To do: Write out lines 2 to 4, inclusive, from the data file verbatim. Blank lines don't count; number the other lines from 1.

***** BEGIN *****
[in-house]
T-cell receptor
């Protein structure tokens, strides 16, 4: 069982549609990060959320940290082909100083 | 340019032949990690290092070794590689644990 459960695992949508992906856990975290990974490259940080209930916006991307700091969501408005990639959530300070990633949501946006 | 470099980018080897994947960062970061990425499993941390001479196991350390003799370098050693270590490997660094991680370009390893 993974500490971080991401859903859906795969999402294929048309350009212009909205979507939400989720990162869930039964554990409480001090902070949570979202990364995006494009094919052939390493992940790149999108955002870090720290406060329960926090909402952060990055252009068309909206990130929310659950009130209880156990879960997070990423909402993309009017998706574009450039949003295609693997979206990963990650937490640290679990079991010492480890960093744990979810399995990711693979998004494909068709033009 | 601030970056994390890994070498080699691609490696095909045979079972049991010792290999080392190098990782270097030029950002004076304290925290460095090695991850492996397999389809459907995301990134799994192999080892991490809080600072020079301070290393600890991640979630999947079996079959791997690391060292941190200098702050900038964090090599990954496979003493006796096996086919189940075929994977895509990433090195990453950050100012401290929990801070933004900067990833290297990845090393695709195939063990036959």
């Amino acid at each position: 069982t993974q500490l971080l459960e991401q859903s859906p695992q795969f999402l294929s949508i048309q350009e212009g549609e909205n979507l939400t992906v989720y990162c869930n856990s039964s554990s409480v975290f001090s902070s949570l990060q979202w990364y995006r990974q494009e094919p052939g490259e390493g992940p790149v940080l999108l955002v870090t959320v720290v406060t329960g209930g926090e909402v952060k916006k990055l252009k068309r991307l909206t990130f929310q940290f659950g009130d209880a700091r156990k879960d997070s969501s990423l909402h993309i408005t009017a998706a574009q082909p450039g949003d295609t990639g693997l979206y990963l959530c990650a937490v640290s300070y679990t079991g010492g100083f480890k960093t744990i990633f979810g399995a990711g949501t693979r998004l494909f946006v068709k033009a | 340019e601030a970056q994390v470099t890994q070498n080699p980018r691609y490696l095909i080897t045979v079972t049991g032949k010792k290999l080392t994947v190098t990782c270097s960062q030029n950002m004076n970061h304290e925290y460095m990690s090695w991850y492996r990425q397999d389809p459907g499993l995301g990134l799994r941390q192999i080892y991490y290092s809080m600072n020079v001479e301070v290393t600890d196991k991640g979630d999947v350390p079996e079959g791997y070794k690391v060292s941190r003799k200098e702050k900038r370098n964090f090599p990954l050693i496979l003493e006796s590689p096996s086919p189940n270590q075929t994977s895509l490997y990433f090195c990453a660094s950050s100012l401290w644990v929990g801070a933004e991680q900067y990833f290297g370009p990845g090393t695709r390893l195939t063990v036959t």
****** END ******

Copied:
T-cell receptor
């Protein structure tokens, strides 16, 4: 069982549609990060959320940290082909100083 | 340019032949990690290092070794590689644990 459960695992949508992906856990975290990974490259940080209930916006991307700091969501408005990639959530300070990633949501946006 | 470099980018080897994947960062970061990425499993941390001479196991350390003799370098050693270590490997660094991680370009390893 993974500490971080991401859903859906795969999402294929048309350009212009909205979507939400989720990162869930039964554990409480001090902070949570979202990364995006494009094919052939390493992940790149999108955002870090720290406060329960926090909402952060990055252009068309909206990130929310659950009130209880156990879960997070990423909402993309009017998706574009450039949003295609693997979206990963990650937490640290679990079991010492480890960093744990979810399995990711693979998004494909068709033009 | 601030970056994390890994070498080699691609490696095909045979079972049991010792290999080392190098990782270097030029950002004076304290925290460095090695991850492996397999389809459907995301990134799994192999080892991490809080600072020079301070290393600890991640979630999947079996079959791997690391060292941190200098702050900038964090090599990954496979003493006796096996086919189940075929994977895509990433090195990453950050100012401290929990801070933004900067990833290297990845090393695709195939063990036959």
């Amino acid at each position: 069982t993974q500490l971080l459960e991401q859903s859906p695992q795969f999402l294929s949508i048309q350009e212009g549609e909205n979507l939400t992906v989720y990162c869930n856990s039964s554990s409480v975290f001090s902070s949570l990060q979202w990364y995006r990974q494009e094919p052939g490259e390493g992940p790149v940080l999108l955002v870090t959320v720290v406060t329960g209930g926090e909402v952060k916006k990055l252009k068309r991307l909206t990130f929310q940290f659950g009130d209880a700091r156990k879960d997070s969501s990423l909402h993309i408005t009017a998706a574009q082909p450039g949003d295609t990639g693997l979206y990963l959530c990650a937490v640290s300070y679990t079991g010492g100083f480890k960093t744990i990633f979810g399995a990711g949501t693979r998004l494909f946006v068709k033009a | 340019e601030a970056q994390v470099t890994q070498n080699p980018r691609y490696l095909i080897t045979v079972t049991g032949k010792k290999l080392t994947v190098t990782c270097s960062q030029n950002m004076n970061h304290e925290y460095m990690s090695w991850y492996r990425q397999d389809p459907g499993l995301g990134l799994r941390q192999i080892y991490y290092s809080m600072n020079v001479e301070v290393t600890d196991k991640g979630d999947v350390p079996e079959g791997y070794k690391v060292s941190r003799k200098e702050k900038r370098n964090f090599p990954l050693i496979l003493e006796s590689p096996s086919p189940n270590q075929t994977s895509l490997y990433f090195c990453a660094s950050s100012l401290w644990v929990g801070a933004e991680q900067y990833f290297g370009p990845g090393t695709r390893l195939t063990v036959t």